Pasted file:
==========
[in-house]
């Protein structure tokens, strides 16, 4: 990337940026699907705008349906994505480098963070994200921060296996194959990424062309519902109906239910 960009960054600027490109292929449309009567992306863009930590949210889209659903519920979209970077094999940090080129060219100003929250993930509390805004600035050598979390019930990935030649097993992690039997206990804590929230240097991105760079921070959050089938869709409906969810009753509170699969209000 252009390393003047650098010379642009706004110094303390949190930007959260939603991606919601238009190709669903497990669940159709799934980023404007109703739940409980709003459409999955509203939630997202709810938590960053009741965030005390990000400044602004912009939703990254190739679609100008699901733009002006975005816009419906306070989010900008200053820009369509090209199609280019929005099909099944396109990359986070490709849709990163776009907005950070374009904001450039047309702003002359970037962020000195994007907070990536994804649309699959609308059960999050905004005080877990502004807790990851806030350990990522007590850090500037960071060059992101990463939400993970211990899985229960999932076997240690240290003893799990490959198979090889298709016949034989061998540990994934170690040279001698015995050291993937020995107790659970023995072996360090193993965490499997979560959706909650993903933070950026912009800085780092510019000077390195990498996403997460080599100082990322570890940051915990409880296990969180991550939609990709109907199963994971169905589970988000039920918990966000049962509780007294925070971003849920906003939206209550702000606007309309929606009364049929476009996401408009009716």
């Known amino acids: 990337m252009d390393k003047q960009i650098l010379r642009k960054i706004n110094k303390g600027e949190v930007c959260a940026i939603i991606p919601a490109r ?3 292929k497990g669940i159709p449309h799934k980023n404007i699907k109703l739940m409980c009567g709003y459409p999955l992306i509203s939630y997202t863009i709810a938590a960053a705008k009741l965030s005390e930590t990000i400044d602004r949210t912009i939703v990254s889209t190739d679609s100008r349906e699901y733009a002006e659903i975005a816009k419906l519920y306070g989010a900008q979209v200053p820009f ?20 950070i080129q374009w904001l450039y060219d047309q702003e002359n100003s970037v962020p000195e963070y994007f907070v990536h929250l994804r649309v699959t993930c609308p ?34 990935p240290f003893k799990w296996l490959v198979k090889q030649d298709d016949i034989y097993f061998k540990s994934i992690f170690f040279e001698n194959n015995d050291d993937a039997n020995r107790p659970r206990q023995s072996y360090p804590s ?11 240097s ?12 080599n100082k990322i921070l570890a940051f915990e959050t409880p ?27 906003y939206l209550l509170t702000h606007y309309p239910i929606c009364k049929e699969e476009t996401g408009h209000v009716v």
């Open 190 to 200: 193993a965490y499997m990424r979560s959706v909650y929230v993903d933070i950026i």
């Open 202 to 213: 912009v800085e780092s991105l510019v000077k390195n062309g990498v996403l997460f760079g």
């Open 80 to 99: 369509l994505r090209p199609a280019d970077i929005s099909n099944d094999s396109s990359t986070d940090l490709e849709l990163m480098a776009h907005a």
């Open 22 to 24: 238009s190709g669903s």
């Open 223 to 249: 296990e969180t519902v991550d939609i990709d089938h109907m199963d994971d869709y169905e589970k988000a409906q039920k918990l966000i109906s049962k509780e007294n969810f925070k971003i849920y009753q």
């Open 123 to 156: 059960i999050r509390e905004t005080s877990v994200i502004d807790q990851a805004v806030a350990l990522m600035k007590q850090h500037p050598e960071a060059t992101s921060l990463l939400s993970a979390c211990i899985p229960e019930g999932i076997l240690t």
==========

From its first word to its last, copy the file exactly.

[in-house]
């Protein structure tokens, strides 16, 4: 990337940026699907705008349906994505480098963070994200921060296996194959990424062309519902109906239910 960009960054600027490109292929449309009567992306863009930590949210889209659903519920979209970077094999940090080129060219100003929250993930509390805004600035050598979390019930990935030649097993992690039997206990804590929230240097991105760079921070959050089938869709409906969810009753509170699969209000 252009390393003047650098010379642009706004110094303390949190930007959260939603991606919601238009190709669903497990669940159709799934980023404007109703739940409980709003459409999955509203939630997202709810938590960053009741965030005390990000400044602004912009939703990254190739679609100008699901733009002006975005816009419906306070989010900008200053820009369509090209199609280019929005099909099944396109990359986070490709849709990163776009907005950070374009904001450039047309702003002359970037962020000195994007907070990536994804649309699959609308059960999050905004005080877990502004807790990851806030350990990522007590850090500037960071060059992101990463939400993970211990899985229960999932076997240690240290003893799990490959198979090889298709016949034989061998540990994934170690040279001698015995050291993937020995107790659970023995072996360090193993965490499997979560959706909650993903933070950026912009800085780092510019000077390195990498996403997460080599100082990322570890940051915990409880296990969180991550939609990709109907199963994971169905589970988000039920918990966000049962509780007294925070971003849920906003939206209550702000606007309309929606009364049929476009996401408009009716």
């Known amino acids: 990337m252009d390393k003047q960009i650098l010379r642009k960054i706004n110094k303390g600027e949190v930007c959260a940026i939603i991606p919601a490109r ?3 292929k497990g669940i159709p449309h799934k980023n404007i699907k109703l739940m409980c009567g709003y459409p999955l992306i509203s939630y997202t863009i709810a938590a960053a705008k009741l965030s005390e930590t990000i400044d602004r949210t912009i939703v990254s889209t190739d679609s100008r349906e699901y733009a002006e659903i975005a816009k419906l519920y306070g989010a900008q979209v200053p820009f ?20 950070i080129q374009w904001l450039y060219d047309q702003e002359n100003s970037v962020p000195e963070y994007f907070v990536h929250l994804r649309v699959t993930c609308p ?34 990935p240290f003893k799990w296996l490959v198979k090889q030649d298709d016949i034989y097993f061998k540990s994934i992690f170690f040279e001698n194959n015995d050291d993937a039997n020995r107790p659970r206990q023995s072996y360090p804590s ?11 240097s ?12 080599n100082k990322i921070l570890a940051f915990e959050t409880p ?27 906003y939206l209550l509170t702000h606007y309309p239910i929606c009364k049929e699969e476009t996401g408009h209000v009716v």
């Open 190 to 200: 193993a965490y499997m990424r979560s959706v909650y929230v993903d933070i950026i």
């Open 202 to 213: 912009v800085e780092s991105l510019v000077k390195n062309g990498v996403l997460f760079g």
């Open 80 to 99: 369509l994505r090209p199609a280019d970077i929005s099909n099944d094999s396109s990359t986070d940090l490709e849709l990163m480098a776009h907005a």
């Open 22 to 24: 238009s190709g669903s």
């Open 223 to 249: 296990e969180t519902v991550d939609i990709d089938h109907m199963d994971d869709y169905e589970k988000a409906q039920k918990l966000i109906s049962k509780e007294n969810f925070k971003i849920y009753q």
């Open 123 to 156: 059960i999050r509390e905004t005080s877990v994200i502004d807790q990851a805004v806030a350990l990522m600035k007590q850090h500037p050598e960071a060059t992101s921060l990463l939400s993970a979390c211990i899985p229960e019930g999932i076997l240690t």